Preached at Croydon Minster on the Day of Pentecost, 23rd May 2021
Come, Holy Spirit, fill the hearts of your people;
and kindle in us the fire of your love.
I have been watching the wind blowing, these last few days.
We’ve seen the trees swaying, litter blown along pavements, rain coming down at unfeasible angles.
This is nothing compared to hurricane or cyclone zones; yet we’ve seen the power of the wind to knock things over, send things up in the air, leave things looking dishevelled.
Of course, I haven’t actually seen the wind gust, but I have seen its effects. The wind is a mystery, an unseen yet tangible force. And Jesus says of the Holy Spirit:
‘The wind blows where it chooses, and you hear the sound of it, but you do not know where it comes from or where it goes. So it is with everyone who is born of the Spirit.’ (John 3.8)
Today, on the Day of Pentecost, we reflect on the pouring out of the Spirit on the Church and ponder what it means to be ‘born of the Spirit’.
On that first Day of Pentecost the Holy Spirit is sounding like ‘the rush of a violent wind’ (Acts 2.2).
The Spirit sweeps in to that upper room: present and empowering; equipping and kindling a flame of God’s presence over each one of the disciples. Unlike the wind we have experienced these last few days the Spirit does not scatter but draws together.
It’s worth spending a minute here pondering this. The Spirit draws together; the Spirit is the healing, anointing presence of God.
But we often see people and situations torn apart. That is where the breath of Holy Spirit is shut out and not allowed to blow.
In Biblical terms there is a name for the one who does not draw together, in Greek ‘the diabolos’ in other words diabolical, the devil. That name comes from the word meaning ‘to scatter and to throw apart.’
An ill wind destroys people and communities, exploits differences, drives apart people of different languages, tribes and nations.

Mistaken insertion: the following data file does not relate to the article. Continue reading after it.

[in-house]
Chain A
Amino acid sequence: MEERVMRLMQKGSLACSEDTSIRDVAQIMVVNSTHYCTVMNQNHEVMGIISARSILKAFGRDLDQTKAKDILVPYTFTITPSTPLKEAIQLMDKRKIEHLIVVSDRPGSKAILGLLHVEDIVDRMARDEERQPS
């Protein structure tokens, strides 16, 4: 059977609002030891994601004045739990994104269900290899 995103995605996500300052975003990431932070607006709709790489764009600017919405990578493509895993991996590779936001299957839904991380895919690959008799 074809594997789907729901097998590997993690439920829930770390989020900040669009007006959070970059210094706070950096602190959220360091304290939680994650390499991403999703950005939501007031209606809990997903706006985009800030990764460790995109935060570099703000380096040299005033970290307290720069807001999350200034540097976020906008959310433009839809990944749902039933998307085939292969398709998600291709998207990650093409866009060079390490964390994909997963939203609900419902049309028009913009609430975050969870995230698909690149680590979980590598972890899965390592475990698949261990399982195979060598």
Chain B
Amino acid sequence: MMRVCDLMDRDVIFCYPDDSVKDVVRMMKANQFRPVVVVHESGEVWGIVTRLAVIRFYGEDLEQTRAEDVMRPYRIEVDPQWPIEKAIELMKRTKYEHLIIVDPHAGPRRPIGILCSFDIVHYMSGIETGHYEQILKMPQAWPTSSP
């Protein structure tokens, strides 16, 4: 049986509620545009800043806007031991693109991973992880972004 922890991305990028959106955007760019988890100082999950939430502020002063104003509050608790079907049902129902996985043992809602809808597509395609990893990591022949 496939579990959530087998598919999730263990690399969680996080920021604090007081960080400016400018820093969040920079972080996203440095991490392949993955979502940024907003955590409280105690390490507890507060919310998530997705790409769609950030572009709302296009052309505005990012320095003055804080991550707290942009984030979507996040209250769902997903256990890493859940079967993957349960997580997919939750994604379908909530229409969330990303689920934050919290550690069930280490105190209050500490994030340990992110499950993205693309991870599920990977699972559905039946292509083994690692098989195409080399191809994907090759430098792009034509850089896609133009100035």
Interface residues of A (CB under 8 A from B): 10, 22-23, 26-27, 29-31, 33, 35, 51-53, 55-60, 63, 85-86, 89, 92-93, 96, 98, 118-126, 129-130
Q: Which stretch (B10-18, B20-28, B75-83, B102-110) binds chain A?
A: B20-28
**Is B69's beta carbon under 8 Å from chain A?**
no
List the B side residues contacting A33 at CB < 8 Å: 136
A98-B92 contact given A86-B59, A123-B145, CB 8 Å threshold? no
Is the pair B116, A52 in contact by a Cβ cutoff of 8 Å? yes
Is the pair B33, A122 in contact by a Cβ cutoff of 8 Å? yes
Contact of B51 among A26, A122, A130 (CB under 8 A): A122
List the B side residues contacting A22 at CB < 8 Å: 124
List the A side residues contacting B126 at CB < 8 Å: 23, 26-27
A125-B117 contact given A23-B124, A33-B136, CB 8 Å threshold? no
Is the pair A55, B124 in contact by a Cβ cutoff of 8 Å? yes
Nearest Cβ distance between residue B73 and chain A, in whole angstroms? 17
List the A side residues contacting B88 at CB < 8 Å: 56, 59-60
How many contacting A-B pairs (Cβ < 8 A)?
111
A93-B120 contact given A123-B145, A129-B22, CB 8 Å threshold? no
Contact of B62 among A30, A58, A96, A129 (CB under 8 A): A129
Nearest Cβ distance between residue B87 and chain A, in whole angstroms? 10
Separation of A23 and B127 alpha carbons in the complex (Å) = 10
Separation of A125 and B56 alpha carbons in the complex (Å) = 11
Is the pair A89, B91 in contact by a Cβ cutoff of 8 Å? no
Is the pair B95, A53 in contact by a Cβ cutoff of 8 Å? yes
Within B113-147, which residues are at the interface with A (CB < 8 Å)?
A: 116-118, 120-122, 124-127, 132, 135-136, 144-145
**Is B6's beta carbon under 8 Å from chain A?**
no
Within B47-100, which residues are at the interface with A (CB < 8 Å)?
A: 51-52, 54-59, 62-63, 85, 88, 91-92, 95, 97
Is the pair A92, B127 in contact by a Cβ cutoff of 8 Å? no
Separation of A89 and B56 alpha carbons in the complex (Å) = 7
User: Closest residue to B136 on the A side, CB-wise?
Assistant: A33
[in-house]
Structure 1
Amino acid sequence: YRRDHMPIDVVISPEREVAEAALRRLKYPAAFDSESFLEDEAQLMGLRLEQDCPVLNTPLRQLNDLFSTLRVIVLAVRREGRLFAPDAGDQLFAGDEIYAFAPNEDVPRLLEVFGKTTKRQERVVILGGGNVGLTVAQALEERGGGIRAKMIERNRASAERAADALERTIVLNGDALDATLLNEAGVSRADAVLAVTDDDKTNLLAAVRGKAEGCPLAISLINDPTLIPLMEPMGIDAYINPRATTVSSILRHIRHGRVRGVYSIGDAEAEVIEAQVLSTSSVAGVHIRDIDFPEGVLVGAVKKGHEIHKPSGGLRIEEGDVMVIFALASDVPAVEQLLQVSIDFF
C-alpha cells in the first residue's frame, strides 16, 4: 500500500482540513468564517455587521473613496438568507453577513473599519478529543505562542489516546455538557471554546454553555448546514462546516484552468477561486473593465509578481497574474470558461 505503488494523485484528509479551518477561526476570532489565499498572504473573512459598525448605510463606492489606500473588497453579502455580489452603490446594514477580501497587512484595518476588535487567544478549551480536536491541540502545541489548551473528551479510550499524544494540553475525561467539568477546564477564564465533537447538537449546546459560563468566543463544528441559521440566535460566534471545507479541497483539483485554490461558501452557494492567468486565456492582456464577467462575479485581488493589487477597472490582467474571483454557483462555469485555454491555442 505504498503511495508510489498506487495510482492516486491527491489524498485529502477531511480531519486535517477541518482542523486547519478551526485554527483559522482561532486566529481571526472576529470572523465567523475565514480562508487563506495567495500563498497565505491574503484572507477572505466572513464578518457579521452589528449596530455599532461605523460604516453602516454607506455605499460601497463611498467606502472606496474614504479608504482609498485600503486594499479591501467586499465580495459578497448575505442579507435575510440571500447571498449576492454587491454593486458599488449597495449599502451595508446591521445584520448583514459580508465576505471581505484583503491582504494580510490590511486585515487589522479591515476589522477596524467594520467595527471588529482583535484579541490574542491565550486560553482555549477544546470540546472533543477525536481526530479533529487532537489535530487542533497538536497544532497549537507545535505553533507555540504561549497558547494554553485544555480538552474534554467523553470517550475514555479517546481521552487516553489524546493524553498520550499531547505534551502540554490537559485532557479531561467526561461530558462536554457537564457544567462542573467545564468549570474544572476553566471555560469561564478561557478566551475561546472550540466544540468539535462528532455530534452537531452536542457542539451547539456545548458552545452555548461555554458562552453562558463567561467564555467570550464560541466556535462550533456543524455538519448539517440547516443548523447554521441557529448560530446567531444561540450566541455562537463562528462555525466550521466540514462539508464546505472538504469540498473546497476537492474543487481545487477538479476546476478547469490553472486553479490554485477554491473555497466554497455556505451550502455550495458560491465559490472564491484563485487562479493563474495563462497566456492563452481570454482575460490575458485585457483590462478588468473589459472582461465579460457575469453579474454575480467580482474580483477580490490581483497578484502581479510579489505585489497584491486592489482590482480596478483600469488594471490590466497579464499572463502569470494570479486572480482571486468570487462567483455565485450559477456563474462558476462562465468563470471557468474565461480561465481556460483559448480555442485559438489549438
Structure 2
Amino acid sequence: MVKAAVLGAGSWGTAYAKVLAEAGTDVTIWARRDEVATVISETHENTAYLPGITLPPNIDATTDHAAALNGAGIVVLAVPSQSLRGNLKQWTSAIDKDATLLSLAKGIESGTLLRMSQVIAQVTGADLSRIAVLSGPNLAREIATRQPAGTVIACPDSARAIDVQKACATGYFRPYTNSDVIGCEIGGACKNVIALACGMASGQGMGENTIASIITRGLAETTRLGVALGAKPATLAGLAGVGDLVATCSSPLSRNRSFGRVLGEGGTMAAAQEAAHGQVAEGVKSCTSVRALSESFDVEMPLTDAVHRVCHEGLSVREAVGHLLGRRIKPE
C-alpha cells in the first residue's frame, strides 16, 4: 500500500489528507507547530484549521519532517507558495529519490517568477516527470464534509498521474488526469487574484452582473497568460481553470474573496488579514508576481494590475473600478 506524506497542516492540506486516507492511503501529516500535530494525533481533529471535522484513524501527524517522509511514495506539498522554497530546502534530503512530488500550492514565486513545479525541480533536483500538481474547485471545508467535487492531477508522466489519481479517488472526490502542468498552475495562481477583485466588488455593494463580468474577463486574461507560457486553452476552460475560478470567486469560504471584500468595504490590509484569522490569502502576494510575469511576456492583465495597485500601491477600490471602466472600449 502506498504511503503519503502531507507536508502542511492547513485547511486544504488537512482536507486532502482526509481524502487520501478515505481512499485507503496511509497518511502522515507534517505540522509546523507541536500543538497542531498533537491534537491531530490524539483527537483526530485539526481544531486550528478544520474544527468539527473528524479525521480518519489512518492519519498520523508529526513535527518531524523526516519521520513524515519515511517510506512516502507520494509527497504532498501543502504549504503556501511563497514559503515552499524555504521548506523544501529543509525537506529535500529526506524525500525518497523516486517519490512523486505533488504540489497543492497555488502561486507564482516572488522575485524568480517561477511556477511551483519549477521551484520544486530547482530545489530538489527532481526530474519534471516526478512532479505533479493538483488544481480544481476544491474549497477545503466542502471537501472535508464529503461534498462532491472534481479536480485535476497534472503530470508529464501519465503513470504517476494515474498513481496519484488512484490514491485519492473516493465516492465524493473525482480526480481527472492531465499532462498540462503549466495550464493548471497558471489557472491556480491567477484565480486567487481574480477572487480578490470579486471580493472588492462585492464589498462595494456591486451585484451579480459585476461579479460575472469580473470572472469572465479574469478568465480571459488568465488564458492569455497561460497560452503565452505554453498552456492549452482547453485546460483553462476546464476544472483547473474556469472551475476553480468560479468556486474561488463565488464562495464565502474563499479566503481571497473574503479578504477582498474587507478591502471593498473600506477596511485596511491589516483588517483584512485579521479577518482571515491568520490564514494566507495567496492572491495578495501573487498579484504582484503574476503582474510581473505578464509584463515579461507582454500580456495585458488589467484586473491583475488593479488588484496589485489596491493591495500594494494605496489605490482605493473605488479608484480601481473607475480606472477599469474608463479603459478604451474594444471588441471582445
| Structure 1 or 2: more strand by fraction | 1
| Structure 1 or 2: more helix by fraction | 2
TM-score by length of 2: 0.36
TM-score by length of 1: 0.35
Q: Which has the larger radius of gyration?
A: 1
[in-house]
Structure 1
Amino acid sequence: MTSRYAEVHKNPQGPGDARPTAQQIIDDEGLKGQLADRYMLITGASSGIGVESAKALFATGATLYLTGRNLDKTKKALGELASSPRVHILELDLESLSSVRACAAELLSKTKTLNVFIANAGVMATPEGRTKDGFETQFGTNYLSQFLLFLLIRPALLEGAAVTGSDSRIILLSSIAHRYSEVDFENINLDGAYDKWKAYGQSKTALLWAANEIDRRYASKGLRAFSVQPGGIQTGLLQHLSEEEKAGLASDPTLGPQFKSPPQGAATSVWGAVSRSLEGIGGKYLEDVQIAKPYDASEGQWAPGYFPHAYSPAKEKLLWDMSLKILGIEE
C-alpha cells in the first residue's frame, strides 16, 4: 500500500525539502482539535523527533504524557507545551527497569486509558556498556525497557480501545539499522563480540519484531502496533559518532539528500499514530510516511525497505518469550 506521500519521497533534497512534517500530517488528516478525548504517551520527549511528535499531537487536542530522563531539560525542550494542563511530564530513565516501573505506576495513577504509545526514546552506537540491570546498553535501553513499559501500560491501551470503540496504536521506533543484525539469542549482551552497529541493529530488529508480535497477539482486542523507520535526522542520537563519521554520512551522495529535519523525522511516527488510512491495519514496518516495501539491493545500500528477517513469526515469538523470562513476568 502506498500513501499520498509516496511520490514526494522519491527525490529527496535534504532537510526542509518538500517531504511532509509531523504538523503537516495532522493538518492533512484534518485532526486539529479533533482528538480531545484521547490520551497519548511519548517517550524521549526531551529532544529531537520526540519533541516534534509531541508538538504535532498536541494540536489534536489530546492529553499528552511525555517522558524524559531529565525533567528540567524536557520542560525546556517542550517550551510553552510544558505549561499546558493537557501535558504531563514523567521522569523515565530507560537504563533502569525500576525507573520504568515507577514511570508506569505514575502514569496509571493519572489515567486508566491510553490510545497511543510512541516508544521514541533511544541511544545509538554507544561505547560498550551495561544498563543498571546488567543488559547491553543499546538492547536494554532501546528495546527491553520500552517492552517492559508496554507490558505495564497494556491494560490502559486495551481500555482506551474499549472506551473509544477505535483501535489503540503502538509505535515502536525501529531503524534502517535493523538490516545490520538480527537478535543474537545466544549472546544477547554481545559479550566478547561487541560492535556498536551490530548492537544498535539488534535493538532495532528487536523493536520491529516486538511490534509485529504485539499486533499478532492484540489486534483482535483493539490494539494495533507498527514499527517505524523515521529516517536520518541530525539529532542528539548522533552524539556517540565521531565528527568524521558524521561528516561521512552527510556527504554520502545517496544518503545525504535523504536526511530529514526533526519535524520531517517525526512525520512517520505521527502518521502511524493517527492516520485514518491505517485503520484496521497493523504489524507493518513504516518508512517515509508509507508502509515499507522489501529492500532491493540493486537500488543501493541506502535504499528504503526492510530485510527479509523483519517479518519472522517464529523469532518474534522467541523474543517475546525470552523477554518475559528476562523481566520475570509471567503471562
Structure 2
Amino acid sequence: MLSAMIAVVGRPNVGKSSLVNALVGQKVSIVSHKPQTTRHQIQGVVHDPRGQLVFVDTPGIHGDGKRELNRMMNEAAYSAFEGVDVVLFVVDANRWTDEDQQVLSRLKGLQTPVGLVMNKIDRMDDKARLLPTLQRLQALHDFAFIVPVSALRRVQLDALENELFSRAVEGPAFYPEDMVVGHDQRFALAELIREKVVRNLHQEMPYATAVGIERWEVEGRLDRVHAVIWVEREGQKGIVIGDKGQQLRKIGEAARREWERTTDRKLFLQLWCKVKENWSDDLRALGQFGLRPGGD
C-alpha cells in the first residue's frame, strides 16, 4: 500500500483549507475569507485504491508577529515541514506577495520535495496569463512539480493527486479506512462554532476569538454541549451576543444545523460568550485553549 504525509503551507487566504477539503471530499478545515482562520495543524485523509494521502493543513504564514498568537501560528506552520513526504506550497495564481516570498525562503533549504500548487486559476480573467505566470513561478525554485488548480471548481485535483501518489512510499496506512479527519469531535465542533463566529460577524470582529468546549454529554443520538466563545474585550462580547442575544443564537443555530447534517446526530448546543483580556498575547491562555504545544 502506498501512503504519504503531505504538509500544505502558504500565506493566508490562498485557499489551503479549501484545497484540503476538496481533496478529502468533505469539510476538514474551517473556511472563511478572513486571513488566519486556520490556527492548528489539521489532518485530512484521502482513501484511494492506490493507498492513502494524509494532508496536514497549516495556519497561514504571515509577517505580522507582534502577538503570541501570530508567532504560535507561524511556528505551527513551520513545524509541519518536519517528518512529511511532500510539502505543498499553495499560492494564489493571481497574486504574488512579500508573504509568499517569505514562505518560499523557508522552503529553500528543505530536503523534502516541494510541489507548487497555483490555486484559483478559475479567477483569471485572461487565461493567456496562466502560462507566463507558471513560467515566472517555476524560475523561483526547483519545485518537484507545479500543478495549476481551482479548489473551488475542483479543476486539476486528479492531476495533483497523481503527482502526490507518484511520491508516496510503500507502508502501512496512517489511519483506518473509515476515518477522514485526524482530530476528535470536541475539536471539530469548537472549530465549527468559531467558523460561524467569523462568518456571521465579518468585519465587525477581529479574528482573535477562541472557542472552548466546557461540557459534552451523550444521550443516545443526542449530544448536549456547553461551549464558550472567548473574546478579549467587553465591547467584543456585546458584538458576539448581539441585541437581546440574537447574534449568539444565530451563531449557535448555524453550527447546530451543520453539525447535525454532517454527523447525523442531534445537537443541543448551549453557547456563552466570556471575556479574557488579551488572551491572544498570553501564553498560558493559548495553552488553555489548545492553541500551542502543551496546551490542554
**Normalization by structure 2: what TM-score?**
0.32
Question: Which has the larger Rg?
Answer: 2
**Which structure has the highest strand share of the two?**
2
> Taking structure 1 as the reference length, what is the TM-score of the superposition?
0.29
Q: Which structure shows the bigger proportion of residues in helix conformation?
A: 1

That’s utterly contrary to the vision of the Church described in the Book of Revelation (Revelation 7.9) where people of all tribes and languages and nations gather around the altar of the Lamb of God, those ‘born of the Spirit’ through baptism.
The Spirit binds and weaves together diverse and disparate people - men, women and children - to form the Church as one, as holy, as catholic, as apostolic. The Spirit, which brought Creation to birth, began weaving us together on the Day of Pentecost and continues today. Here. Now.
In that room Christ had broken bread, declaring, ‘This is my Body’ (Mark 14.15, 22-25; Luke 22.12,14-20). In that room the same Crucified and Risen Lord had breathed on them his gift of peace; his shalom (John 20.19-23, 26).
And the Spirit blew them out of that room, as the Spirit blows us out, in the sense of sent not extinguished.
At the words, ‘Go in the peace of Christ’ we go onto the streets to live this out and honour the Father and the Son, together, in all we think and speak and do.
The uniting power of the Spirit is shown in the way that when the apostles speak they are understood by everyone who hears. The differences and distinctions between peoples, represented in the languages of the earth, melt away, or rather, are formed into a new identity and language in Christ.
We will hear that in action later in this Eucharist, as our prayers are led by members of this congregation speaking in their mother tongue. That will express our diversity in human terms and unity in the Spirit of Jesus Christ, as we come together in ‘the apostles’ teaching and fellowship, [in] the breaking of bread and in the prayers’ (Acts 2.42).
Here I must share a typo I made when writing this homily. I wrote ‘the Spirit unties’ – right letters wrong order: the Spirit unites.
The Holy Spirit of God draws together and unites and invites us to be agents of reconciliation. The same Spirit sends us out as witnesses to the holiness, unity and presence of God, Father, Son and Holy Spirit in the world.